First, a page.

Sen. Floyd Prozanski (D-Eugene), one of two Democrats who sponsored House Bill 3057 in 1999—making identity theft a property crime that could carry a prison sentence—says no one thought about gender at the time.

“I don’t remember us having any data in front of us as to the impact on either gender,” he says. “I think anyone who has been a victim of identity theft wants anyone who is committing those offenses to be held accountable, whether they’re men or women.”


For all the issues that accompany female inmates—mental illness, razors, relationship needs, sanitary pads—the most profound is motherhood. More than 75 percent of the inmates at Coffee Creek have children, and some are pregnant when they enter the prison. Inmates had 16 babies last year, down from 21 in 2010.

This creates indirect costs for the state: foster care. Most children live with their mothers, so they must go somewhere when their moms go to prison.

Gene Evans, spokesman for the Oregon Department of Human Services, says it costs the state about $2,000 per month to have a child in foster care. The average stay is about 15 months, which means each stay costs taxpayers about $30,000—the same as one year in prison.

STUDY TIME: Inmates take a range of classes at Coffee Creek. Parenting, a 12-week class for incarcerated parents, is popular.
IMAGE: leahnash.com


Among Dawn Pearson’s four children, one of them lives in a foster home. Frankie, 16, looks like a smaller version of her mother, with tomato-red fingernails and a big gray sweatshirt whose cuffs she pulls over her hands.

Frankie is an expensive teenager. She has drug and anger problems and requires a drug support group, lawyer, regular urinalysis tests, special classes at school and a caseworker—all paid for by taxpayers.

If this is an argument for keeping women out of prison, Multnomah County Circuit Court Judge Michael McShane doesn’t buy it, particularly for longtime meth addicts.

He says sometimes motherhood can keep a woman out of prison. DHS pays for mothers to go through drug treatment, so judges sometimes allow women who are unlikely to reoffend to stay on probation and go to rehab. 

Often, however, meth trumps motherhood.

McShane says he has seen women addicted to meth starve and neglect their children, but then insist they stole credit cards to feed them.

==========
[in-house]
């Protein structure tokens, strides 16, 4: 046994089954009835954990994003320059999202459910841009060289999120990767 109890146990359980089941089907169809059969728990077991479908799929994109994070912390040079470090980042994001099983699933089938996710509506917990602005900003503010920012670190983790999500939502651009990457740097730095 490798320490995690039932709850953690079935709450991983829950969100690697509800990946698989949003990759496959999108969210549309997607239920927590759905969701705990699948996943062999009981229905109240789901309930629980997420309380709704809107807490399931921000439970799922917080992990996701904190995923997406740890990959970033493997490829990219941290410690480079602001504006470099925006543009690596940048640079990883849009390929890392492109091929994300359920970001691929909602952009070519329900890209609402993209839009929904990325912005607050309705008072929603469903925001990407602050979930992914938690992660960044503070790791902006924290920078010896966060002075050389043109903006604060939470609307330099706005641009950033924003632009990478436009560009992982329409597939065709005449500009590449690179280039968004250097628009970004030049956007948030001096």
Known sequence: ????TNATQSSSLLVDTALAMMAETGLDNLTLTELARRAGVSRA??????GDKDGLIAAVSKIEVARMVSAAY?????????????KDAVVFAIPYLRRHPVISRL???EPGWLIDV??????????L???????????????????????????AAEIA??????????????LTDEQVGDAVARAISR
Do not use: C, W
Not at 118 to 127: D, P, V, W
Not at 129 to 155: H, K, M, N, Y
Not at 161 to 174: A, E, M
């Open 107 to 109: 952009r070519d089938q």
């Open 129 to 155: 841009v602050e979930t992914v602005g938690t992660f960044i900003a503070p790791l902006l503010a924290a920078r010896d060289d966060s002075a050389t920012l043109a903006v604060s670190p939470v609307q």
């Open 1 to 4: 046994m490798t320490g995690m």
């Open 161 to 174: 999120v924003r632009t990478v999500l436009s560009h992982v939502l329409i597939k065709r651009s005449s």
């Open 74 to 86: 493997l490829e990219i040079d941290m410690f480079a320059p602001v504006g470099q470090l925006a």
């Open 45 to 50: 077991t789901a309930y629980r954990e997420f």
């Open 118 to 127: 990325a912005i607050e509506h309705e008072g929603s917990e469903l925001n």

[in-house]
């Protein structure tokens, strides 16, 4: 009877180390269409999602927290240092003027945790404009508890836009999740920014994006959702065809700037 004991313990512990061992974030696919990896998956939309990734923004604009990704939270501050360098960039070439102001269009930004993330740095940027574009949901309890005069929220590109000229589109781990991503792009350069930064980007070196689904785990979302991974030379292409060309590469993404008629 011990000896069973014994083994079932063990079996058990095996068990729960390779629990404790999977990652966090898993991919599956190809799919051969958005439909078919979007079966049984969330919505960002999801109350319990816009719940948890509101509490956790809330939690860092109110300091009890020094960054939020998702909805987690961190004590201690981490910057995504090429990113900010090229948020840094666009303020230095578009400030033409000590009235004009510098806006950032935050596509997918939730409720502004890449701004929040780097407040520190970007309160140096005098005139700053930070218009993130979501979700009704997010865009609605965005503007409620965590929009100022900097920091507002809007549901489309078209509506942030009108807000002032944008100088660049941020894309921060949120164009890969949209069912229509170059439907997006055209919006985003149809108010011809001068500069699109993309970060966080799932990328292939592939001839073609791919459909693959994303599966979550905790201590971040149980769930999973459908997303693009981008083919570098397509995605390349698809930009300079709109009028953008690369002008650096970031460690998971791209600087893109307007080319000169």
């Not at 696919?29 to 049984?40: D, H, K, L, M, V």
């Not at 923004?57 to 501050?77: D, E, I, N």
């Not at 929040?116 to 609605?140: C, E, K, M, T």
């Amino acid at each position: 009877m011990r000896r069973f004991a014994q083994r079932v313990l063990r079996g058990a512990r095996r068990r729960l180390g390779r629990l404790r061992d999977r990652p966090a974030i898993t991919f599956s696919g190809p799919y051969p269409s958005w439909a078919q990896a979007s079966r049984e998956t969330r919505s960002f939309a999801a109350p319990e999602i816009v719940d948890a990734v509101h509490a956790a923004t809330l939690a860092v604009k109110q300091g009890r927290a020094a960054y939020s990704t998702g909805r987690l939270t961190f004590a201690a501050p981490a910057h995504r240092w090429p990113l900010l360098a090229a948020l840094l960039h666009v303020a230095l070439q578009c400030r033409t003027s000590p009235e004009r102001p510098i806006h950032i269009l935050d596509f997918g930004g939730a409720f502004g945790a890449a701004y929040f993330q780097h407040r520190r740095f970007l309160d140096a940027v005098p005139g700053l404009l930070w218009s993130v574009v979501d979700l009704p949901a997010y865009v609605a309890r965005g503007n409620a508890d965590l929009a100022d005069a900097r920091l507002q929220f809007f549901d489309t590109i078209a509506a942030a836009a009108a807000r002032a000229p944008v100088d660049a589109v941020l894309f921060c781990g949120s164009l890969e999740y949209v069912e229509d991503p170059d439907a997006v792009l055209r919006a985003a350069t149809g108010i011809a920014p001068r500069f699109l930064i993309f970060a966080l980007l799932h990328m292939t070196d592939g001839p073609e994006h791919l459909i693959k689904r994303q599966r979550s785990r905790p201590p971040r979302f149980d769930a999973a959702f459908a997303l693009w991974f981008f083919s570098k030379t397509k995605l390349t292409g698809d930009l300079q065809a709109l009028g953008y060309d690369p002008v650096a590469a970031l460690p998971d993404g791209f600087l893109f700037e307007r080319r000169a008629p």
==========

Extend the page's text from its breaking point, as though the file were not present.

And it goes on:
“No,” he says. “You were buying meth.”

In Dawn Pearson’s case, she stole the credit card of her daughter’s principal only 18 months after ending her first, five-year stay at Coffee Creek for identity theft and meth offenses. After she got out, she began using drugs again.

That’s the reality of Coffee Creek. Women are likely to reoffend because their crimes are so connected to their addictions, and for many of them, probation doesn’t work.

“Usually if we’re looking at sending women to prison, they’ve burned through the programs here,” McShane says.

He opposes mandatory minimum sentences and would like to preserve more judicial discretion. But he says many of these women need to go to prison.

“Sometimes we’re worried that a person’s going to kill themselves if we don’t send them to prison,” he says.

McShane says prison is often the only way to get addicts into drug treatment, which is the only way to make them stop offending. He says that’s largely because local drug treatment programs have been cut and also because addicts are required to get treatment in prison. He says they need to spend at least two years in prison to make real progress.

Though it’s controversial to say, McShane maintains that a woman who simply will not stop breaking the law, to whom drugs have become more important than her children, the choice is clear—Coffee Creek.

“If they’re there,” he says, “it’s because no one trusts they can be let out in the community.” 


The Woman on Death Row

One woman at Coffee Creek Correctional Facility waits on death row. 

Angela Darlene McAnulty, 43, was convicted in February 2011 of aggravated murder in Lane County Circuit Court after her 15-year-old daughter, Jeanette Maples, was found dead in their Eugene home shortly before Christmas 2009.

Witnesses said McAnulty had beaten, starved and tortured her daughter while favoring her other children, a younger girl and boy. They said she kept Jeanette out of school and locked in a room where the girl slept on a piece of cardboard.

Police said Jeanette was so emaciated and her growth so stunted when they found her body that they didn’t believe she was 15.

McAnulty’s crime landed her in a modified solitary confinement cell at Coffee Creek. She can exercise and work, but must do it alone. She eats alone, but there are a few inmates with whom she plays cards and chats with behind a glass partition so she, according to Coffee Creek officials, can “preserve her social skills.”

She is starting the appeals process on her death sentence.